The remaining glass in the casement lay shattered on the floor, gleaming in the setting sun. She moaned to herself, having twisted her left-wing out of joint. Lifting herself from the floor, she stretched the wing out to its full length, an audible crack echoed in the building. “That felt good.” She ducked at a loud crash and yelling voices. “Can I not leave you guys alone for one minute?” She ran through the labyrinth of cubicles.
The door, with its flickering red exit light, taunted her from the far reaches of the massive room. She wanted to fly, but the cubicle walls laughed at her. She dove for the exit as a loud bang issued up the stairs again. Flights of stairs whirled by her as she plummeted to the bottom of the building. She heard a bark near the third floor buried under a barrage of teenagers screaming.
Can’t do this anymore, čovjek. You’re taking over before I pass out. Stairs are evil.
I’ll do what I can. If I pass out, I’m fifteen pounds lighter than you anyway.
Eat something, damn you!
Feed me something other than hibernating skunks! Nat came up short at the top of the third-floor stairs as the kid with black hair came tumbling up the steps.
“The hell! Where’d the dogs go!” the boy cried out in frustration. He glared at Nat, not noticing the other wolves creeping up the stairs on the other side. “What’d you do with them?” The tall teen uppercut Nat in the stomach, sending him reeling against the railing.
A sweet taste filled Nat’s mouth. His stomach burned as the sweet taste vanished into the coppery flavour of blood. The boy caught him in the eye before he was able to dodge. Out of a swollen eye, Nat barely missed seeing Hana flash by.
“Hana,” Nat mumbled around a split lip. Deck came lumbering down the stairs and caught the kid in the jaw. The boy tumbled back into his companions.
“You really don’t know how to keep yourself out of trouble, do you, Nat?” Deck hauled Nat to his feet and pushed him up the steps. He opened a door at the top of the fourth flight and pushed Nat through. The white-haired man caught himself on a desk, waiting to catch his breath.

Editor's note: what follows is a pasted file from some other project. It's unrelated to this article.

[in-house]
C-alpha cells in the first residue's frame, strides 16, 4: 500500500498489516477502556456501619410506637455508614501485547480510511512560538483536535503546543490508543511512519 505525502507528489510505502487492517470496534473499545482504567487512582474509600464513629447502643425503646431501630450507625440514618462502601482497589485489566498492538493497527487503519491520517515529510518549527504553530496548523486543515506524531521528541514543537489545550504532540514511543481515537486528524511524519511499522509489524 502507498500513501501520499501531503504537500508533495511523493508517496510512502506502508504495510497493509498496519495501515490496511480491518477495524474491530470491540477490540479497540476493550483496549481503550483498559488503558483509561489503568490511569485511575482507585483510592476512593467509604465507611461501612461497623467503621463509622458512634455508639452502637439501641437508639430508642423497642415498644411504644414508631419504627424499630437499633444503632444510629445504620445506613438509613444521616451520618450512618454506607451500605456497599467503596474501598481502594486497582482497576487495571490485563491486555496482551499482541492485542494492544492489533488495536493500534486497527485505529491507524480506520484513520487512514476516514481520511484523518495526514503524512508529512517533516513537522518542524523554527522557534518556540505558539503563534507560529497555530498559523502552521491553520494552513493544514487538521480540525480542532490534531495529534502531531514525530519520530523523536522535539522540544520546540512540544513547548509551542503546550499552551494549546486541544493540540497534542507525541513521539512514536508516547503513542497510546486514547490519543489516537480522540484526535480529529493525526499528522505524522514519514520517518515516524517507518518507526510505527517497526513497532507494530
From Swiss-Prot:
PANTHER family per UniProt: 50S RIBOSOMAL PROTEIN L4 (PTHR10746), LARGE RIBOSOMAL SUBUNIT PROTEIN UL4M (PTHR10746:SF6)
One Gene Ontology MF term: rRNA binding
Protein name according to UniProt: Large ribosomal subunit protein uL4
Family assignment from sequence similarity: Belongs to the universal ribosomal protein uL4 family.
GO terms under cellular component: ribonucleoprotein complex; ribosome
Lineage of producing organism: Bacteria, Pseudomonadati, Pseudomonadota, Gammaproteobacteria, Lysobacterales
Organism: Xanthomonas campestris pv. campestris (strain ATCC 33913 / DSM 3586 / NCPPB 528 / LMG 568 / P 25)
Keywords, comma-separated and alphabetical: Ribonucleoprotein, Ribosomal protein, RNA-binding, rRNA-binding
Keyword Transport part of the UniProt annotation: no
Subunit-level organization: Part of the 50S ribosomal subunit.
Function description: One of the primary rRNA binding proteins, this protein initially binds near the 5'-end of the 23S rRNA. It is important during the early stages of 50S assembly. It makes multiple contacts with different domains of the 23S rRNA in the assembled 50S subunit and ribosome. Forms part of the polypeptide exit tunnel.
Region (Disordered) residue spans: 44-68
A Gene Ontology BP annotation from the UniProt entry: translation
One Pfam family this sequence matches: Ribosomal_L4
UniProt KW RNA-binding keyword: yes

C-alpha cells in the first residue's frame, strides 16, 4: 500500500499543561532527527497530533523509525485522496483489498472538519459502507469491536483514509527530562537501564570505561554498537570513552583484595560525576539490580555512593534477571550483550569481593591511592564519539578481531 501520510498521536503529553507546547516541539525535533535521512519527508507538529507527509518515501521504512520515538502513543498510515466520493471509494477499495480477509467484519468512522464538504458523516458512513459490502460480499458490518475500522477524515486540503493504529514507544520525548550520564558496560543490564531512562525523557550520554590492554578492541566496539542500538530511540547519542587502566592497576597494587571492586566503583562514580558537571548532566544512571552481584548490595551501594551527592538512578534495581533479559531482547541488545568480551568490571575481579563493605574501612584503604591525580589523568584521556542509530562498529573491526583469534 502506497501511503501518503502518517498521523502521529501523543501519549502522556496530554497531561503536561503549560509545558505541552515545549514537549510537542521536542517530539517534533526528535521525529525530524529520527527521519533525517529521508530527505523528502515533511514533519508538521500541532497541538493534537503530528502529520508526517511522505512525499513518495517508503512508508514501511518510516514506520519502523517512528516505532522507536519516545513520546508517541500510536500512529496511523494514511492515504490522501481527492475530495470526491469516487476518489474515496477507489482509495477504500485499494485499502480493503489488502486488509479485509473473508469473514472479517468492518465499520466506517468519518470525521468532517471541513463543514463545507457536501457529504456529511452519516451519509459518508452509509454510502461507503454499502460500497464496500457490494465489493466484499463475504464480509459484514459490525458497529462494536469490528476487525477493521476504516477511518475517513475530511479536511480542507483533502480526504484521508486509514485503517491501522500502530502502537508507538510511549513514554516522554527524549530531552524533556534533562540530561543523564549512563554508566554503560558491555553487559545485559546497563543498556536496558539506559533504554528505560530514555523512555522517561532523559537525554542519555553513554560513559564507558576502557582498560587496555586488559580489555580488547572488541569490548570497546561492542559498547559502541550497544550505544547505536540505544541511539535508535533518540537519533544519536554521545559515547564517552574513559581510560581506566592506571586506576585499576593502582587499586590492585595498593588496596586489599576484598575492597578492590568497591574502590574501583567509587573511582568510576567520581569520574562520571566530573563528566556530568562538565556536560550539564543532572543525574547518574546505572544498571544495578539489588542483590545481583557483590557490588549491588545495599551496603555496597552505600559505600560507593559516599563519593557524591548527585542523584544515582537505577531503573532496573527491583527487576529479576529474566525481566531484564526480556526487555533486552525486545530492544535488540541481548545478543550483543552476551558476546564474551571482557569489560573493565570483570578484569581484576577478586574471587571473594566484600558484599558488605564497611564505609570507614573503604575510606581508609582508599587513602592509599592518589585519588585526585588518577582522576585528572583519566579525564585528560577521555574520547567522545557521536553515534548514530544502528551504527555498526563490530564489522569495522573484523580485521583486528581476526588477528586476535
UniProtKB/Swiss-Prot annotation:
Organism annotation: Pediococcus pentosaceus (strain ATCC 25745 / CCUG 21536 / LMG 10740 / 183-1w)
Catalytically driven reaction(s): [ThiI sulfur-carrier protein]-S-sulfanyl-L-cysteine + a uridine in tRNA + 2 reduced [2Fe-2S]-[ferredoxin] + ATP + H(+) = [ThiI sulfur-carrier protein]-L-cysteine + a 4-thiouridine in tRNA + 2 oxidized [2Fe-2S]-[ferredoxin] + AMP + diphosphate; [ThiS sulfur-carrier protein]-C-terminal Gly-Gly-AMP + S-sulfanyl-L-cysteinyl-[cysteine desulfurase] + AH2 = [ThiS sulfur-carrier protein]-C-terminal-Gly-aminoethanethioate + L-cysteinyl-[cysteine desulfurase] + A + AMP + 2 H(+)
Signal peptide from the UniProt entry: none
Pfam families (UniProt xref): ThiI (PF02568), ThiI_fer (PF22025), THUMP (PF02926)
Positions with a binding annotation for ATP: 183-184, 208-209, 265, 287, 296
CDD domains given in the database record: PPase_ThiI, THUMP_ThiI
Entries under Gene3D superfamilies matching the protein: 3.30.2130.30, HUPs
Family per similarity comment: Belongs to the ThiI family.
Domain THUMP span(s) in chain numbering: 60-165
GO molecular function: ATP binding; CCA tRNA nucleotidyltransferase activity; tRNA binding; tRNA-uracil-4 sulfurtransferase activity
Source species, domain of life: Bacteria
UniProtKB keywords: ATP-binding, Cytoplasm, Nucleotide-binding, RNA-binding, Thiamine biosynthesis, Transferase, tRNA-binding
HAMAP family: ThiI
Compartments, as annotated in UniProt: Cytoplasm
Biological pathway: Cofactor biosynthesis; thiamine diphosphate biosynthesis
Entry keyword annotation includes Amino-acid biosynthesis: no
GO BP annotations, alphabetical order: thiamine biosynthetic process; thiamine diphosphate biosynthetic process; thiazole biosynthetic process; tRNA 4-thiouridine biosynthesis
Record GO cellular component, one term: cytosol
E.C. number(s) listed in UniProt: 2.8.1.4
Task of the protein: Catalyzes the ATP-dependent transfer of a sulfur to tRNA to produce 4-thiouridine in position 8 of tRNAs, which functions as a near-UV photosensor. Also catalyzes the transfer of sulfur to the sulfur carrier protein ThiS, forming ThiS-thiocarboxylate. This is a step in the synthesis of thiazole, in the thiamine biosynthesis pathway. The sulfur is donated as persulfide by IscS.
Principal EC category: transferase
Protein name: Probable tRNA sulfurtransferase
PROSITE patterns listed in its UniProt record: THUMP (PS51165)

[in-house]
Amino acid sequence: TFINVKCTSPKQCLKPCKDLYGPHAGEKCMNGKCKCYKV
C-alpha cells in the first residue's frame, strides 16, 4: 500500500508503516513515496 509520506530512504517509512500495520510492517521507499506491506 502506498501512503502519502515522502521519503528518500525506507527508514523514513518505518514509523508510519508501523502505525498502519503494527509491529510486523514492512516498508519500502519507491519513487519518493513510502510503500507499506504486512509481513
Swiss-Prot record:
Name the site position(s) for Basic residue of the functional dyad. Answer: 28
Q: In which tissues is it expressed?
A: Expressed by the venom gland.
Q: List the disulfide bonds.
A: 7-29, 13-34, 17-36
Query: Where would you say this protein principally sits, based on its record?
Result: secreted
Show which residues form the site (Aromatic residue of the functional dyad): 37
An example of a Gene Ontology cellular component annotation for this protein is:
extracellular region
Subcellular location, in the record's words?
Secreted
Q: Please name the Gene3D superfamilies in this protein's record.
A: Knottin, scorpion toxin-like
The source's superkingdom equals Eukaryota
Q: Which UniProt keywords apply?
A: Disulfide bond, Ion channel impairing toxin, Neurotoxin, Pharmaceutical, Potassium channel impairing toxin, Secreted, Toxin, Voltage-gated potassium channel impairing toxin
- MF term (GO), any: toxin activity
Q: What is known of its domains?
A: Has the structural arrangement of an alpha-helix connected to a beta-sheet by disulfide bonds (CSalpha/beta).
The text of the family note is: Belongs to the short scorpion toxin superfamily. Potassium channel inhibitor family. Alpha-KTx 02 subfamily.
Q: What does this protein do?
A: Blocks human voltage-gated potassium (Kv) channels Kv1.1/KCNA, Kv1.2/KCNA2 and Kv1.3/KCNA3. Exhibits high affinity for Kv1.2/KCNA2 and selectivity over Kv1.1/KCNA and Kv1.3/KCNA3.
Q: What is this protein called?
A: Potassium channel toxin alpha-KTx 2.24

Zola came up to him, turning him around to see the damage. “Ouch.” She touched a swelling eye.
Yeller searched the room in a state of confusion. “Hana’s missing.” A banging at the locked door forced them to crouch.
Sven threw Nat into the recesses, and whirled to stare in horror at the tall man. The creature felt like he had gotten punched in the stomach a second time. “She was going down the stairwell when I last saw her.” He ran back for the door.
Benj tumbled after Nat, pinning his arms before he could unlock the door. “You can’t go back out there, Nat; those kids’ll kill you,” he yelled at the struggling man. “Deck! Yeller! Help!” Yeller rushed forward to help hold Nat, but Deck was lying on the floor, moaning. “What’s goin’ on here!” Benj yelped as the creature caught him in the head with his elbow. The beast wasn’t going to be able to get away from Yeller so easily, though. Benj ducked from Nat’s thrashing limbs and rushed over to Deck and Sun Hee. “What happened?”
“He mumbled something about the power symbol on his gut and how it felt like someone was hammering on it.” She held Deck’s head in her lap. Pain washed across Deck’s pale face, and a fine sheen of sweat coated his skin.
Benj scrambled up and ducked under Nat’s thrashing limbs to unlock the door. “Let him go,” he commanded.
“Ye’r bein’ a gammy eejit.” Yeller got his arms crossed over Nat’s, stalling the man’s protest finally.
“And I’m gonna keep being an idiot right now. Let him go.” Benj nodded, and Yeller dropped his squirming bundle. The prior Muay Thai fighter grabbed Nat by the shoulders and shook him, gaining the creature’s attention. “Hey. Wolf. Sven. You paying attention in there? You remember the power symbols, right?” Benj asked. Nat pushed the information at the wolf in desperation, begging for him to give him his body back. “You know how to cause them, right?”